Orphan Drug Designation Not Sacrosanct – FDA Revokes Orphan Designation for TheraCLEC for EPI, but Other Exclusivity Issues RemainJuly 11, 2007
In a July 3, 2007 filing with the Securities and Exchange Commission (“SEC”), Altus Pharmaceuticals Inc. announced that the company was notified by FDA’s Office of Orphan Products Development (“OOPD”) that the orphan drug designation granted in January 2002 to ALTU-135, also know as TheraCLEC, for the treatment of Exocrine Pancreatic Insufficiency (“EPI”) was being revoked. OOPD only very rarely revokes orphan drug designation. According to the Altus filing, “[t]he FDA based its decision on a finding that if one includes all patients with HIV/AIDS who suffer from fat malabsorbtion in this indication, the patient population in the United States appears to exceed 200,000 persons and is thus ineligible for orphan drug designation.” A March 2007 Altus SEC filing noted that FDA first informed the company in December 2006 of the Agency’s plans to revoke the TheraCLEC orphan drug designation.
TheraCLEC is a Pancreatic Exocrine Product (“PEP”) in clinical development that contains the enzymes amylase, lipase, and protease to break down the complex carbohydrates, fats, proteins, respectively, that are deficient in EPI patients and that causes poor absorption of essential nutrients (thereby often leading to malnutrition, impaired growth, and reduced survival). OOPD’s decision to revoke the Altus designation comes less than one year before the date FDA established in 2004 requiring the submission of NDAs for PEPs for EPI. In addition, OOPD’s decision avoids the possibility that TheraCLEC, if it were the first product to obtain FDA approval with orphan drug designation, would be granted seven years of exclusivity, during which FDA could not approve an application for the “same drug” for EPI, absent a showing of “clinical superiority.”
PEPs have been marketed in the United States for EPI since before the enactment of the FDC Act in 1938. In April 2004, FDA published a Federal Register notice announcing that all PEPs are “new drugs” under the FDC Act, and that sponsors of currently marketed PEPs must submit and obtain approval of an NDA by April 28, 2008, or be subject to FDA regulatory action. FDA simultaneously published a guidance document to assist sponsors in submitting NDAs for their PEPs. With regard to patient needs, FDA’s Federal Register notice states:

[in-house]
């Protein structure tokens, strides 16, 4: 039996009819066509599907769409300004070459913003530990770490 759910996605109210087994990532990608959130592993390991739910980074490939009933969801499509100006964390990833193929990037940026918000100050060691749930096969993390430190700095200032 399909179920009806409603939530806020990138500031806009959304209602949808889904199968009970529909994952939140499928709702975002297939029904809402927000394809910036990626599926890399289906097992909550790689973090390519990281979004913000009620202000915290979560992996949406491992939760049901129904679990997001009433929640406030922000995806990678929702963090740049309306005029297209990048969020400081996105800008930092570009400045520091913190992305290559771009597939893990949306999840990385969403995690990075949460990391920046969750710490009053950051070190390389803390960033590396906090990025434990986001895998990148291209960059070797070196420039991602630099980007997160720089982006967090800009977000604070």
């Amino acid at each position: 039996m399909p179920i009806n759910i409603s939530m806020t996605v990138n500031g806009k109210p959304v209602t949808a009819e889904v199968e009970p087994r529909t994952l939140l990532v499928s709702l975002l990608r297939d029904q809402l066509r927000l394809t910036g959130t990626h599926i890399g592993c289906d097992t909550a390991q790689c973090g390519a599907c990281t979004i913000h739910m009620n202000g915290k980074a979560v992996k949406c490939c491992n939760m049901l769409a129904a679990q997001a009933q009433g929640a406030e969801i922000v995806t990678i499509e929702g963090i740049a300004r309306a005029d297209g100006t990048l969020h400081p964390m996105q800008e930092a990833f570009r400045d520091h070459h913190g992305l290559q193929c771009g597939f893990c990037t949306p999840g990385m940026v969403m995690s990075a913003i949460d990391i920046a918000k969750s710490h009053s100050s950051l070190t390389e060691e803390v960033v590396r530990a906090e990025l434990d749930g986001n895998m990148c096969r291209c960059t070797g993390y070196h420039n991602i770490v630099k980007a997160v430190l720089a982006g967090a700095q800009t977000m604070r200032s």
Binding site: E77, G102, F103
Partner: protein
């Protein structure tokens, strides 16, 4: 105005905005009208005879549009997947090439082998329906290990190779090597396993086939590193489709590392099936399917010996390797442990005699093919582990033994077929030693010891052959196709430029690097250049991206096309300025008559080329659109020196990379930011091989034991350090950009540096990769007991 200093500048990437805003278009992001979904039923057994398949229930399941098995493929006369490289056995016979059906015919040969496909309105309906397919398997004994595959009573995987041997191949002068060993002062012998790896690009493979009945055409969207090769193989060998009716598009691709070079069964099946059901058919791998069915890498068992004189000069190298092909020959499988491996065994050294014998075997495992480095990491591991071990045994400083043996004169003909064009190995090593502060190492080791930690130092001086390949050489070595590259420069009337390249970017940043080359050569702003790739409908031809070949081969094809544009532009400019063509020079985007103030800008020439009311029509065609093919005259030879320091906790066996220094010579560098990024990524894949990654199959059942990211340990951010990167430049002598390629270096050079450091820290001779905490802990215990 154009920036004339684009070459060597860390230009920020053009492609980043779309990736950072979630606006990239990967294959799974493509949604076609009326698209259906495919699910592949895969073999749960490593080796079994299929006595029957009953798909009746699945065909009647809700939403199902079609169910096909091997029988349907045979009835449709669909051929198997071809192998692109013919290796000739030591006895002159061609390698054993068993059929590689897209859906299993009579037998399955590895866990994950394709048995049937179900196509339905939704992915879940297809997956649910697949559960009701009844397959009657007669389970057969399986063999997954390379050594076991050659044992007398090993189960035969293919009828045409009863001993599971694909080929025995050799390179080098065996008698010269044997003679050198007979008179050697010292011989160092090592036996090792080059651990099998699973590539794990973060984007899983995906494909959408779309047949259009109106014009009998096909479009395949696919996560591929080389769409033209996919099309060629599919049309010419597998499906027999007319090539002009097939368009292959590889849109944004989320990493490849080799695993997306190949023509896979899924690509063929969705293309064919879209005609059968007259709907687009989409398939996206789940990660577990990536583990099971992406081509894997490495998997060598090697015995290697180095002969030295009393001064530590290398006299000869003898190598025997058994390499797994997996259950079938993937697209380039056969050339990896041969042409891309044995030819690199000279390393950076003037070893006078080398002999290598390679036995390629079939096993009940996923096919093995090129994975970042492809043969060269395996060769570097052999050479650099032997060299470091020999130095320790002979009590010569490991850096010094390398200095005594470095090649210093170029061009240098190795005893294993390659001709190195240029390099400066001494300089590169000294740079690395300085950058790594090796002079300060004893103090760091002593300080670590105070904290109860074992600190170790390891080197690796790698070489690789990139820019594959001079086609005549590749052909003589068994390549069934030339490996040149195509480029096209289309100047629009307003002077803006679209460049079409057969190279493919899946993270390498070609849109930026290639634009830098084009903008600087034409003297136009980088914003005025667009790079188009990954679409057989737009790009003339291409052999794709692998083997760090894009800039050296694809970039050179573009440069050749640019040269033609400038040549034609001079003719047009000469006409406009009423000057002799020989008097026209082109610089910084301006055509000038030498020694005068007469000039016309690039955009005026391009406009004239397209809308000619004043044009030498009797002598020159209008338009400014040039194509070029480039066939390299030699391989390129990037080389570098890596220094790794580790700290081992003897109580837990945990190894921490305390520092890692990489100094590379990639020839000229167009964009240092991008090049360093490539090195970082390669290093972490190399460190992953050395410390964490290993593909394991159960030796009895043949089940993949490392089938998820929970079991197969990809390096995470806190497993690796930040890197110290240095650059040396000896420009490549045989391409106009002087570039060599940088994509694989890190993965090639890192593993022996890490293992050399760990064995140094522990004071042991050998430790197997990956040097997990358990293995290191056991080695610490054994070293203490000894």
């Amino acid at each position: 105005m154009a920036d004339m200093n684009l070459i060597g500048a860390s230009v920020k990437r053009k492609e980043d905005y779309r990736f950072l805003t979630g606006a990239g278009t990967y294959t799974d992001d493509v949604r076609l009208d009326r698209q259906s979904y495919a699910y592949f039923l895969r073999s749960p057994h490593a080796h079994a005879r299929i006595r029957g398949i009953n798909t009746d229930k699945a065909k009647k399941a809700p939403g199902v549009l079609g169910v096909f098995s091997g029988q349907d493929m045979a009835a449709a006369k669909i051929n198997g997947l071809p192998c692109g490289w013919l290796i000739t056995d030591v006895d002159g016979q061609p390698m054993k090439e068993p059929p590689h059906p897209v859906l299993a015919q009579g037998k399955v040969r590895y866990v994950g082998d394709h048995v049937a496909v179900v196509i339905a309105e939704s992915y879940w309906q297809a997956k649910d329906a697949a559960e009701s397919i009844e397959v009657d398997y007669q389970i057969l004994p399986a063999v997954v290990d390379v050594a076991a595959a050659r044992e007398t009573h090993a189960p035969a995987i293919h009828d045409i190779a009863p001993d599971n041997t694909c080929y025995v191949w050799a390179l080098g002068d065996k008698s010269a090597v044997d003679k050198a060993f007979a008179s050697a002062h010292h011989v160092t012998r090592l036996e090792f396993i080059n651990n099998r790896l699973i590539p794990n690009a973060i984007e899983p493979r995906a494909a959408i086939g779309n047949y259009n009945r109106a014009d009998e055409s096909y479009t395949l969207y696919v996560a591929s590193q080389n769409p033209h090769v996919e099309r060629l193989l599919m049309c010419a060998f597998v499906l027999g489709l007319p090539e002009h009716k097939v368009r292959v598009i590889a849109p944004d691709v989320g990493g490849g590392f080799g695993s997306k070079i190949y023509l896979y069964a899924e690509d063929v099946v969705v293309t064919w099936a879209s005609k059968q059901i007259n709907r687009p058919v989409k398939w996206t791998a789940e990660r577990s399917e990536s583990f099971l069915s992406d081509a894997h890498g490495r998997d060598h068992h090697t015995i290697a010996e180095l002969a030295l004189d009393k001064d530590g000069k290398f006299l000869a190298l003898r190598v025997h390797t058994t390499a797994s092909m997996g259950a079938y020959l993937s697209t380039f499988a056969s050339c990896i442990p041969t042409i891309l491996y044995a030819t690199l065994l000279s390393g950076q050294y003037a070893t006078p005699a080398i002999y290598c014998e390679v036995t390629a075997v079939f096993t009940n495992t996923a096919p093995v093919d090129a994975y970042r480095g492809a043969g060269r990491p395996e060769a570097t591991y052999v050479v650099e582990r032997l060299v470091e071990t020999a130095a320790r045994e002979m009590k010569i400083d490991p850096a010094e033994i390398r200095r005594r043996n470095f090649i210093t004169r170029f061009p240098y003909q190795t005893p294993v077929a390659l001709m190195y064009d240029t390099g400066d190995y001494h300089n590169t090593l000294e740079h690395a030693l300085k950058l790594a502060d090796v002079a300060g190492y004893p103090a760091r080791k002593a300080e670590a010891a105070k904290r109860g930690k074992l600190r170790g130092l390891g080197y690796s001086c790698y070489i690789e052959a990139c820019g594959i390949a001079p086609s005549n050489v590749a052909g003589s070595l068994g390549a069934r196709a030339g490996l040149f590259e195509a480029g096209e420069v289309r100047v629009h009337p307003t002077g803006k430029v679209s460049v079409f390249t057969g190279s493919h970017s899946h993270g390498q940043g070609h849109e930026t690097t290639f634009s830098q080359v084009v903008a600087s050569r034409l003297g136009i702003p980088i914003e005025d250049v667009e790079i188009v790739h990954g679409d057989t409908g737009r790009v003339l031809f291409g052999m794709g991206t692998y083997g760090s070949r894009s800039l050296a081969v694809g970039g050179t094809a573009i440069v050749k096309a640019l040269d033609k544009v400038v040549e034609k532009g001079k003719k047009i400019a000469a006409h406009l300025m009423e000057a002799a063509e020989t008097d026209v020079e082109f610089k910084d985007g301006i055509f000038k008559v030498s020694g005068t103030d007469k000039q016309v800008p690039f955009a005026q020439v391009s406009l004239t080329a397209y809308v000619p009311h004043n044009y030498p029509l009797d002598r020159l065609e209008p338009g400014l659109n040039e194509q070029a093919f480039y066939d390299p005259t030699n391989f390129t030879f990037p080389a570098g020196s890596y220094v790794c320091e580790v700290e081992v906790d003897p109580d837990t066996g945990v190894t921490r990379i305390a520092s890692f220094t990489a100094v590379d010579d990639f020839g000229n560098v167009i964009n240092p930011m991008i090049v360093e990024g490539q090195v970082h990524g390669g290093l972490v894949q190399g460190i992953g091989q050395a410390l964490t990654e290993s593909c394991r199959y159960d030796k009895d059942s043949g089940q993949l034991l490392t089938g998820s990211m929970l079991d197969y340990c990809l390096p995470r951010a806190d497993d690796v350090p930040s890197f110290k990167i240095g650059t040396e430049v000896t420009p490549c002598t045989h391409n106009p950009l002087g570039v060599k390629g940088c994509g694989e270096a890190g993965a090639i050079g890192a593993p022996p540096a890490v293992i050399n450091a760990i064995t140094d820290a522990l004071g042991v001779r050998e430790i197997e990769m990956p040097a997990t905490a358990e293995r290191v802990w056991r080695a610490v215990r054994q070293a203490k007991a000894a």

[T]here is a need for a range of products to remain available for patient use. The dosage requirements of patients vary, and the appropriate daily dose of pancreatic enzyme supplements must be individualized and adjusted when clinically indicated. Furthermore, physicians have identified and stabilized their patients on currently available products with different ratios of lipase, protease, and amylase that meet the patients’ needs. Thus, to meet the dosing requirements and to maintain compliance with treatment, pancreatic supplements are needed with varied concentrations of lipase, protease, and amylase.
This statement indicates that FDA anticipates the submission of multiple applications for different drugs to meet the varied needs of EPI patients. By permitting a single applicant with orphan drug exclusivity to monopolize the PEP/EPI market, however, FDA would be unable to meet its stated public health need for “a range of [PEPs].” FDA’s decision to revoke the Altus designation removes this impediment.
Presumably the next exclusivity battle over PEPs will concern whether each PEP is a new chemical entity eligible for 5-year exclusivity or whether 3-year “new use” exclusivity applies. An FDA determination that all PEPs are different and eligible for 5-year exclusivity is arguably consistent with recent FDA policy conferring 5-year exclusivity “to products about which the Agency has insufficient information to know whether they contain a previously approved active moiety.” Moreover, FDA has indicated (pages 15-21) that such a policy might be applicable to PEPs.